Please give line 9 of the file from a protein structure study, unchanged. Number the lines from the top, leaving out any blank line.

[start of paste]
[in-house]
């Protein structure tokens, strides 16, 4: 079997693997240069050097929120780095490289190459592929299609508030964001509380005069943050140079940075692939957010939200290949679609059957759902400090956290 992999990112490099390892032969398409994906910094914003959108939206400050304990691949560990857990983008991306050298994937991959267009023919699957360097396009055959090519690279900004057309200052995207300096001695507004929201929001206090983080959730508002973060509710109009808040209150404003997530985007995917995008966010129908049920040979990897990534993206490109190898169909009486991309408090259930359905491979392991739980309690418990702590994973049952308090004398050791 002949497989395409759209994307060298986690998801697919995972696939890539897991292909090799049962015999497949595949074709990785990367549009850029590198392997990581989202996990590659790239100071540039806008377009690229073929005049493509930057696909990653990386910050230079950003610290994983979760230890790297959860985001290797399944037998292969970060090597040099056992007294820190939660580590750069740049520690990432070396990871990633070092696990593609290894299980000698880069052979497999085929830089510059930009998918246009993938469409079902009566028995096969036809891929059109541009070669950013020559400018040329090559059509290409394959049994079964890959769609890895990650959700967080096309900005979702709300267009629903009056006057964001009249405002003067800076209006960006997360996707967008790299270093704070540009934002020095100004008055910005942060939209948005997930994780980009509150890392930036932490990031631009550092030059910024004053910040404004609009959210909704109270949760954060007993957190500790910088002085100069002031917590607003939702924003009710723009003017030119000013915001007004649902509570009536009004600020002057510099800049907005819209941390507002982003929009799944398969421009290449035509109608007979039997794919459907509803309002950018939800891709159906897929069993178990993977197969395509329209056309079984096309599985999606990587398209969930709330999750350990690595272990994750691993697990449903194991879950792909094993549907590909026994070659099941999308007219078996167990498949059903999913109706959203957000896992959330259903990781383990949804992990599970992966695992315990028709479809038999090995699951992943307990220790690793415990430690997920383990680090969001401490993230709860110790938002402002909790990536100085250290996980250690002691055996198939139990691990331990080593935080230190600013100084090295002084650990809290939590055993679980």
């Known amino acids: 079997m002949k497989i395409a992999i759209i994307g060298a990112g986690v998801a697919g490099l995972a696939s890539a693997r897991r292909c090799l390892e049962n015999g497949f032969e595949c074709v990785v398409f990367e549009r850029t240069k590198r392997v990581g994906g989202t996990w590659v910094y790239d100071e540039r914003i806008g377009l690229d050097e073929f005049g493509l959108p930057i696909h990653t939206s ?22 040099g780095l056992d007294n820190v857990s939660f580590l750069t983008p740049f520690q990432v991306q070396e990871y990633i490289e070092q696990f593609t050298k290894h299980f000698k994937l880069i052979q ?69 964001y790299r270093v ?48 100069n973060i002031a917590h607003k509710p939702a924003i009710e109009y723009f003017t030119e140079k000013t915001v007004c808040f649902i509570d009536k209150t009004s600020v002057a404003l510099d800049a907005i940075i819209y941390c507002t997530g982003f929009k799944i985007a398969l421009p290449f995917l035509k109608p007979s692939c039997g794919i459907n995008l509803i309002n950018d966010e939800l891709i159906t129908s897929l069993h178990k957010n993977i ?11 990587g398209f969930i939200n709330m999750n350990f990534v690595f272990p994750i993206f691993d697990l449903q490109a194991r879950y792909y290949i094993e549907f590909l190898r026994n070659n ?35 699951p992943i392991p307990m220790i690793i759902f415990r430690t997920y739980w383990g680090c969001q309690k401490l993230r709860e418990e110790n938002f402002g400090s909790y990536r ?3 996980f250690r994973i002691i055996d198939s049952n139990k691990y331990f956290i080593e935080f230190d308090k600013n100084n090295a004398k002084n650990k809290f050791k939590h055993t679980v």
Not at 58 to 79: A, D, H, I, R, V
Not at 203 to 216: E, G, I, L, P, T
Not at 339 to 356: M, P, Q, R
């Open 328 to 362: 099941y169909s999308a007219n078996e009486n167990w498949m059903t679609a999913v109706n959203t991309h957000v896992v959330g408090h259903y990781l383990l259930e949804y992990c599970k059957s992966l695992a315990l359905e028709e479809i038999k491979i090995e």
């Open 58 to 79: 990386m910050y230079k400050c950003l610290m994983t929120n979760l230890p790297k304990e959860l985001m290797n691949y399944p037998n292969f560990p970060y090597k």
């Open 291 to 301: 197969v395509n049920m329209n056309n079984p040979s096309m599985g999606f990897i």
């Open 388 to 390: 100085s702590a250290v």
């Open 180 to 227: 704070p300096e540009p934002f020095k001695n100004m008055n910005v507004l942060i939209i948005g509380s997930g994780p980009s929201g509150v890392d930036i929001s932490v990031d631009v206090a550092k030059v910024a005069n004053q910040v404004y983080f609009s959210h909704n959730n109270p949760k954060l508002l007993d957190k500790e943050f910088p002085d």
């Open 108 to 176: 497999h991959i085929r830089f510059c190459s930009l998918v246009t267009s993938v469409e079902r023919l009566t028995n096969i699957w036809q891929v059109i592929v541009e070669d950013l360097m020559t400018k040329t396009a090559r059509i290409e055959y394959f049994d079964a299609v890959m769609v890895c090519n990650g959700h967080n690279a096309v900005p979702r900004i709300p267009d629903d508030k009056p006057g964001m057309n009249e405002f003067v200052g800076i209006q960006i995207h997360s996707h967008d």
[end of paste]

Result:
């Open 291 to 301: 197969v395509n049920m329209n056309n079984p040979s096309m599985g999606f990897i």